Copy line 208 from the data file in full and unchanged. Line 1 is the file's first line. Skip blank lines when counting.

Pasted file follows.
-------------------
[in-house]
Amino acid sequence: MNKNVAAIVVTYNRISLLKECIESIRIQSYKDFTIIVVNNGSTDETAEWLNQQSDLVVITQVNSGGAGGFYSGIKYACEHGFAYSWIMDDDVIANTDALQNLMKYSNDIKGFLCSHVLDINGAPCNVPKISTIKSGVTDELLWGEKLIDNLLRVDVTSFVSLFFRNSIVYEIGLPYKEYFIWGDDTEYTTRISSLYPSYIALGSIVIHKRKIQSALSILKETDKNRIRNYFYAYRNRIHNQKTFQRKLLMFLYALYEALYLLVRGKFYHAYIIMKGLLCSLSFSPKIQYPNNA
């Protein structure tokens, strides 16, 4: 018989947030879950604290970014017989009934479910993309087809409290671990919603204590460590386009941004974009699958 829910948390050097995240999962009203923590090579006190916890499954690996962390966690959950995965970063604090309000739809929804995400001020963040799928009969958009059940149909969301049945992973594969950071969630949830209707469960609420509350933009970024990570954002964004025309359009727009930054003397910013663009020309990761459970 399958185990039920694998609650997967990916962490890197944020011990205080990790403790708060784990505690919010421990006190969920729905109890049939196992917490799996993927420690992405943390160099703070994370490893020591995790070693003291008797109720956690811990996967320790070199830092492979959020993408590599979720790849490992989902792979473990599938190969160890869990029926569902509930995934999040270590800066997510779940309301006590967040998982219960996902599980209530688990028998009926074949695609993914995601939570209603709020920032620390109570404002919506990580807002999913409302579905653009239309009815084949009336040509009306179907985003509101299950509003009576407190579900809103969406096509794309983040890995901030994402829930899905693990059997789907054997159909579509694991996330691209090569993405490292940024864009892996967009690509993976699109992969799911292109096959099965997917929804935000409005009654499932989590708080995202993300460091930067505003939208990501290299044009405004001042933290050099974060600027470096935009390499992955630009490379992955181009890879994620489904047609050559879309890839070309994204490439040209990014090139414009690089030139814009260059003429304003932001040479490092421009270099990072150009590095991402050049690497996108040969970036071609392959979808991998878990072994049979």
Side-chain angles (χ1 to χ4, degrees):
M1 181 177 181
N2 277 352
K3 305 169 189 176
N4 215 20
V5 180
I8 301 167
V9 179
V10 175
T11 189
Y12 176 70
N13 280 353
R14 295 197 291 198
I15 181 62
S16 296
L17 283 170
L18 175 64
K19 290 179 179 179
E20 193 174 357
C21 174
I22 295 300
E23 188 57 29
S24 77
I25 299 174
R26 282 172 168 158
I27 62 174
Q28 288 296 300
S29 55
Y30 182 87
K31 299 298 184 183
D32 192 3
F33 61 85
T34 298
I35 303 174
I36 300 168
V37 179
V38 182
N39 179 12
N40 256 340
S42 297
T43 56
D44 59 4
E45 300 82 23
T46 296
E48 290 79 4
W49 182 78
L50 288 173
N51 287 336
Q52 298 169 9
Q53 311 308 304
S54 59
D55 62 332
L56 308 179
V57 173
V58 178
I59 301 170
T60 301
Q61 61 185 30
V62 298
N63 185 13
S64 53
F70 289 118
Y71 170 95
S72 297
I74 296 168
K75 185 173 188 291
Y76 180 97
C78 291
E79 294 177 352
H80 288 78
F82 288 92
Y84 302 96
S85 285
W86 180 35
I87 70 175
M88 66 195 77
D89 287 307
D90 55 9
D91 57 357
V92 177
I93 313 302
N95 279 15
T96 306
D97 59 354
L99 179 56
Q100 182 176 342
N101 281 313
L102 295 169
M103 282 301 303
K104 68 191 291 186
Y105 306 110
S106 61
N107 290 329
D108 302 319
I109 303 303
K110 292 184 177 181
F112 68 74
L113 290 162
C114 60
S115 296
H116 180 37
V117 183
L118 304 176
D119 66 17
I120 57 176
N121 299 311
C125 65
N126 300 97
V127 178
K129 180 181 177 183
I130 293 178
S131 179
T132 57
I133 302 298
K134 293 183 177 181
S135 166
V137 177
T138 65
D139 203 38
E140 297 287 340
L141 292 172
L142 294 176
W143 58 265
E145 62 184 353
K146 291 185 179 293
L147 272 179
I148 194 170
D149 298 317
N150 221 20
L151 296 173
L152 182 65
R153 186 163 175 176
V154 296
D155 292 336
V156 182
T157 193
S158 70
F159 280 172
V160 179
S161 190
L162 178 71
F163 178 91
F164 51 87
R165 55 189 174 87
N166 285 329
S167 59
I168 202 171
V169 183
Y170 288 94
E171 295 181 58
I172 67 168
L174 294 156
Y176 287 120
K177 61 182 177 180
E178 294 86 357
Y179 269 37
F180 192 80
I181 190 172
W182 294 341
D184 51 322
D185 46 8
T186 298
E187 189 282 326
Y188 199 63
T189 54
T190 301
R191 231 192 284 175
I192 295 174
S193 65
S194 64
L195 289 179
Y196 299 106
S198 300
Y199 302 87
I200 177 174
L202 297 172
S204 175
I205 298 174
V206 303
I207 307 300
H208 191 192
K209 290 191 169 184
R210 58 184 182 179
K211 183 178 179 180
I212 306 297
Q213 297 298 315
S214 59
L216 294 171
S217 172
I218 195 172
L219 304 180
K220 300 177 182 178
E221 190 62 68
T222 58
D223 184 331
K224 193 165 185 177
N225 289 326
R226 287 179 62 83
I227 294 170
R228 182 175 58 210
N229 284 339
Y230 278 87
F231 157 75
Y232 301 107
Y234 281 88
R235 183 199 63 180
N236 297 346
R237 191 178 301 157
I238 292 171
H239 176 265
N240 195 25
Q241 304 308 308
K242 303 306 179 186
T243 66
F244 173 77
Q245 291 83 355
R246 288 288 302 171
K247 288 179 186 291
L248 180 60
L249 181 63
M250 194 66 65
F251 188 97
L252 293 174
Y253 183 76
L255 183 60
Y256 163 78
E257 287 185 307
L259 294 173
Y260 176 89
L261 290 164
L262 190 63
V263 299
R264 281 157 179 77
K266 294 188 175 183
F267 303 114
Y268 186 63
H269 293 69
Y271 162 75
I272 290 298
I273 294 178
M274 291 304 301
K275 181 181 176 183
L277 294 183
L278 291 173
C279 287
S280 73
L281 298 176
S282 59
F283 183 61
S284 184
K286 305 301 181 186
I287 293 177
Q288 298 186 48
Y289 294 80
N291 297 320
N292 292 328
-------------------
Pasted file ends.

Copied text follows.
Y234 281 88